With Kirsty’s impending move back to the UK it was about time we made the most of her remaining weeks in Germany before it was too late. With that in mind I booked off a Monday and got to planning for a long weekend based in Garmisch Partenkirchen, nestled on the German-Austrian border.
The plan was fairly simple; Friday night flight to Munich after work, early Saturday train to Garmisch, tent up and climbing by 12 on the Bernadeinwand North Face, Alpspitze North Face on Sunday then a quick climb Monday morning before heading back in time for an evening flight home.
Apart from the matching miserable colds Kirsty and I were both sporting, things got off to a good start. I was out of work on time and had no problems with my flight. By 11pm I was settled in at Kirsty’s, ready for an earlyish morning arriving in Garmisch about 10am.
Ready to hit the road
The train into Garmisch arrived on time and we soon found ourselves putting our tent up in the valley, looking up at the north face of Alpspitze and thinking about the climbing to come. We packed our bags and wandered up to the cable car station, headed up the Alpspitze bahn and walked across to the foot of the Bernadeinwand. By this point it was already 1pm but with four and a half hours to go until the last cable car we still felt confident that we could make it in time.
North Face of the Bernadeinwand
Unfortunately this is where things started to go wrong. Whilst gearing up at the top of the ramp which marks the start of the climb my shoe took on a life of its own and next thing I knew I was watching it gather momentum as it spiralled down to the scree ramp fifty metres below. After a brief period of disbelief following by a few choice swear words I rigged up an abseil from the first pitch belay and headed down to recover my lost footwear. Once I was fully shod I decided the quickest way back up would be to solo back to the foot of the climb, ignoring the guide book claim that the first (optional) pitch that we had circumnavigated was about grade HVDiff/Severe. Half way up I realised that the guidebook was, surprisingly, correct. Not a problem in itself except for the fact that the rock was so loose I had to test every hand and foot hold having pulled off the first two I decided to grab. I arrived back at the belay a sweaty mess and we were now another thirty minutes down and still yet to start climbing.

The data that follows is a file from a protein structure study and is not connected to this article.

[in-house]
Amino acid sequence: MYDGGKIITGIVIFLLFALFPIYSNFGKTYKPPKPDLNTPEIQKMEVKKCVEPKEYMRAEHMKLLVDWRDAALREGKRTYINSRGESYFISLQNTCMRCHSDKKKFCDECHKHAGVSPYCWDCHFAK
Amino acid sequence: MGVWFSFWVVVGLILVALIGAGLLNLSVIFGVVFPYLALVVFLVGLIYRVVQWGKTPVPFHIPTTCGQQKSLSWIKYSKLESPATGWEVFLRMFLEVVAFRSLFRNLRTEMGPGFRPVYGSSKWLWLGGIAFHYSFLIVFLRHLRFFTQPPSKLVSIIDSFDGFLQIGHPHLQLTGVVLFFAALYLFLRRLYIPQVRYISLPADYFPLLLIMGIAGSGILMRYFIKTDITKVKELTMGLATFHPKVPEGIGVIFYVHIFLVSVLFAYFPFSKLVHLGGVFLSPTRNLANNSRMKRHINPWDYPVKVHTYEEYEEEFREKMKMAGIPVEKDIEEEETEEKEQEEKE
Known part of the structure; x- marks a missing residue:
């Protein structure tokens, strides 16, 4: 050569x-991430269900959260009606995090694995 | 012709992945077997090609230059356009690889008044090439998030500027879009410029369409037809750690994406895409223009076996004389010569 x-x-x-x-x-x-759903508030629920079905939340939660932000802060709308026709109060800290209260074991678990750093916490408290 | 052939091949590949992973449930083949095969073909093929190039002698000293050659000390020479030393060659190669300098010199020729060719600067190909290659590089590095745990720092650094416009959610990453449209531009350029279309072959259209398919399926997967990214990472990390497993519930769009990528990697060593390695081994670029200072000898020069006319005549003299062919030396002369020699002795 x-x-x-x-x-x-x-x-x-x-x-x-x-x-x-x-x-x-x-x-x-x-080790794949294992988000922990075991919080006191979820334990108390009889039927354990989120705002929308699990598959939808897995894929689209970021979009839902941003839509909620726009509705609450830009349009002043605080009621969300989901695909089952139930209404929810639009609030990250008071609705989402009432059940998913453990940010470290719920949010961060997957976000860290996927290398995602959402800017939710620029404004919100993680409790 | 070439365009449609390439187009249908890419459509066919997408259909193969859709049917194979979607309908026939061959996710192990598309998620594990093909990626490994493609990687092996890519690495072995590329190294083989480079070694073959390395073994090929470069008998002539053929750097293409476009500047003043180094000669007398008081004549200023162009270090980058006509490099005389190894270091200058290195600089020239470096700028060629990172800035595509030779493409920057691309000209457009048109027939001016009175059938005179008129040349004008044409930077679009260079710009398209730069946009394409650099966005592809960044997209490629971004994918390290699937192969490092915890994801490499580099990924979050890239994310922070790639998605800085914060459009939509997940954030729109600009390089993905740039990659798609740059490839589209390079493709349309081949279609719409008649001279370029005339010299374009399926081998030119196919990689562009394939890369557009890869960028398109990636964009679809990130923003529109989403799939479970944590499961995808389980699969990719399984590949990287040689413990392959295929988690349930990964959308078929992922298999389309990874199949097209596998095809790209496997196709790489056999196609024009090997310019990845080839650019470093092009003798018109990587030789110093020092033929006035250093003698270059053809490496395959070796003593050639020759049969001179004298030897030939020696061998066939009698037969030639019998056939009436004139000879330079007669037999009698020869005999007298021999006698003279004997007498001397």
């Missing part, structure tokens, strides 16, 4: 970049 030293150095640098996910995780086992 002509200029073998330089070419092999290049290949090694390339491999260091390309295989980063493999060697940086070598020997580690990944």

Kirsty, still laughing at my “magic shoe” thirty minutes later.
Finally, I started the climb. It was described as having a mixture of fixed gear and trad placements but I struggled to find many placements and mostly relied on the odd bolt and peg left from ascents past to keep me safe. This would have been fine except after leaving the chimney which marked the first half of the first pitch I made a minor navigational error and instead of heading rightwards up a ramp I ended up on a completely blank slab, twenty metres above my last bit of gear and wondering where the hell the invisible next belay had got to. Fearing I had gone wrong I started to traverse right, my sphincter making the move from 50p to 20p diameter as I looked down at the bolt below me. Just as I was nearing some safer looking ground a handhold pulled out and span down the mountain leaving me sprawling for a safer position. Down to 5p. Just then I spotted some tat and down climbed to find an old peg. Nearly out of rope I knew I was long past the belay I was originally aiming for so made myself safe and called Kirsty through.
Heading up the chimney of pitch one. Blissfully unaware of what lay ahead
Having accidentally combined the first pitch with most of the second it was a short fifteen metres to the next belay and thankfully fairly uneventful. On the third pitch however, I again climbed too high and ended up at the belay for a completely different (and much harder looking) route sending plenty of loose rock down at Kirsty in the process. At this point, having spent two hours making a complete arse of climbing three pitches and feeling pretty miserable with man flu I decided it was probably about time to take the hint and bail. With Kirsty down at the second belay I quickly rigged an abseil and headed down to join her. The mountain had other ideas and, keen to give us just one final kick in the arse, as I was pulling the ropes through they got stuck. Unfortunately this meant one thing, climb the pitch again to unstick the ropes. At this point, having freed the ropes, I was through messing and just down-climbed back to the belay. Luckily, apart from a few stones to the helmet the rest of the escape was fairly uneventful and we were soon back where we started at the foot of the chimney.
Let’s get the f*ck out of here!
Having bailed we made good time and arrived back at the cable car station for some “hooray we’re alive” ice creams before heading back down to the valley. At dinner that evening we both felt pretty run down and realised that Alpspitze the next day just wasn’t going to be any fun for either of us, so we decided to take the tourist option and hit the cogwheel train to the top of Zugspitze, Germany’s highest mountain. The rest of the day saw us chilling out, watching paragliders soar around the peaks and trying to eat as much traditional fare as possible washing it down with a few choice glasses of helles.
The highest weisswurst in Germany, not a bad way to finish the weekend
Leaving Garmisch the following morning, looking up at Alpspitze from the station, I couldn’t help feeling a little disappointed that we hadn’t even got to attempt the climb after our epic on Bernadeinwand, but it also highlighted that there is more to do in the mountains and sometimes it’s just as fun to chill out with someone you love spending time with in such beautiful surroundings.
As for Alpspitze, there’s always next time…